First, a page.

Master students International Criminal Law created a Powerpoint presentation about Syria/Afrin. This legal evaluation of the Turkish invasion of Northern Syria was produced by Florian Schoeler, Anna-Julia Egger, Julia Kraemer and Despoina Elefteriou.
The War Reparations Centre has conducted four applied research projects in 2017. The following reports are available:
Research by A. Al Zien (Syria Legal Network-NL)
Edited by students Philippa Lumley and Alexander Foster (War Reparations Center, University of Amsterdam)
Syrian property is managed by a land registration system called the ‘land cadaster’, which comes from a mixture of the French and Ottoman property systems. Physical documents are often the only form of proof available and accepted as evidence to prove property ownership. Whilst there is some digitization of records, which commenced in 2010, this only occurs for new property transactions, meaning the majority of property records remain un-digitized. The conflict in Syria has resulted in damaged and destroyed land registry offices, causing the Syrian government to find ways to preserve property records either by relying on these new digital means or reconstituting the old physical documents. This has meant that real estate records generally, and land registries in particular, have been particularly susceptible to disruption and damage during the ongoing conflict. The effect of this destruction could have catastrophic consequences for the system of property ownership in Syria.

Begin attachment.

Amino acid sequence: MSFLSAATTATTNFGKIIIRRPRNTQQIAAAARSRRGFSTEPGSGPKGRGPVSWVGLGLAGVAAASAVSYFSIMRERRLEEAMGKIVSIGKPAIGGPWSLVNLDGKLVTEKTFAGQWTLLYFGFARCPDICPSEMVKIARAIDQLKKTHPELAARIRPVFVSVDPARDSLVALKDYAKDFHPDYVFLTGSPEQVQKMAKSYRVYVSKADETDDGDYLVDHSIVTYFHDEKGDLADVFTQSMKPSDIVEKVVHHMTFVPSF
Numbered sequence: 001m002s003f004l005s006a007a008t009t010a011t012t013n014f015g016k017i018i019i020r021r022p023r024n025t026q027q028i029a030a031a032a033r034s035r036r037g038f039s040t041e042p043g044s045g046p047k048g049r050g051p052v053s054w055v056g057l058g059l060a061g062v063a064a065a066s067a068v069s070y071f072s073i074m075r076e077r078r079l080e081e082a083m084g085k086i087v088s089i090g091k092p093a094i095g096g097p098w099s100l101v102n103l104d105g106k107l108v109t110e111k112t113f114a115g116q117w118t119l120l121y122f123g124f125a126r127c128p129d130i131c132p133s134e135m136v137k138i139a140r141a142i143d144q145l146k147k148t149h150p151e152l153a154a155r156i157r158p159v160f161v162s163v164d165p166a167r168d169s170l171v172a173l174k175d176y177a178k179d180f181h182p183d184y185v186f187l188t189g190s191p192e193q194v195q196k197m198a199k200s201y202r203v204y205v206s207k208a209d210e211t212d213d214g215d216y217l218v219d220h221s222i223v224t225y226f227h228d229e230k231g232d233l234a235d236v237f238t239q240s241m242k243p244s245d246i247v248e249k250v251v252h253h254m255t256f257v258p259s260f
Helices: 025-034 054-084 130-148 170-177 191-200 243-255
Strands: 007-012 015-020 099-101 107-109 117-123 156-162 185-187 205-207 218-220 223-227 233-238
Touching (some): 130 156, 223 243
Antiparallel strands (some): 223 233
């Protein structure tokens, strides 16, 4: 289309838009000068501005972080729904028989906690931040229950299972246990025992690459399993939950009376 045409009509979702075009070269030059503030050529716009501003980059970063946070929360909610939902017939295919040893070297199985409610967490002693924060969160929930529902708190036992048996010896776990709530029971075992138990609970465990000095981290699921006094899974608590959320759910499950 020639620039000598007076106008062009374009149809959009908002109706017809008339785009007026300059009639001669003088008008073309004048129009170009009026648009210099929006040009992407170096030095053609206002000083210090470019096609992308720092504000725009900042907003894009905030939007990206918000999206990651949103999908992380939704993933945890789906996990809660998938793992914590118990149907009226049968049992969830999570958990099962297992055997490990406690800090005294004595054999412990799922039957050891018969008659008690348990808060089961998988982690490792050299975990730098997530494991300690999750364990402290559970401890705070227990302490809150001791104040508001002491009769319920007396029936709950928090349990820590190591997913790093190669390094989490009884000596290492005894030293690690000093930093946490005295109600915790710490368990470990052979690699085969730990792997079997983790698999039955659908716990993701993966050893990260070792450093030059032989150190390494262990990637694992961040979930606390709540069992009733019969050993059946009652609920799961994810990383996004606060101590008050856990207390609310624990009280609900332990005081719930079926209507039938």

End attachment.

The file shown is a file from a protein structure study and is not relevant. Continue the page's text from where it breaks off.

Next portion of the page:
Access to Justice for Victims of Coalition airstrikes in Iraq The right to truth and the duty to investigate
Crimes against Humanity and War Crimes in Southeast Turkey 2015-2016 Access to Justice for Victims
Palestinians and the Israeli Court System: Litigating Violations of International Humanitarian and Human Rights Law before Israeli Courts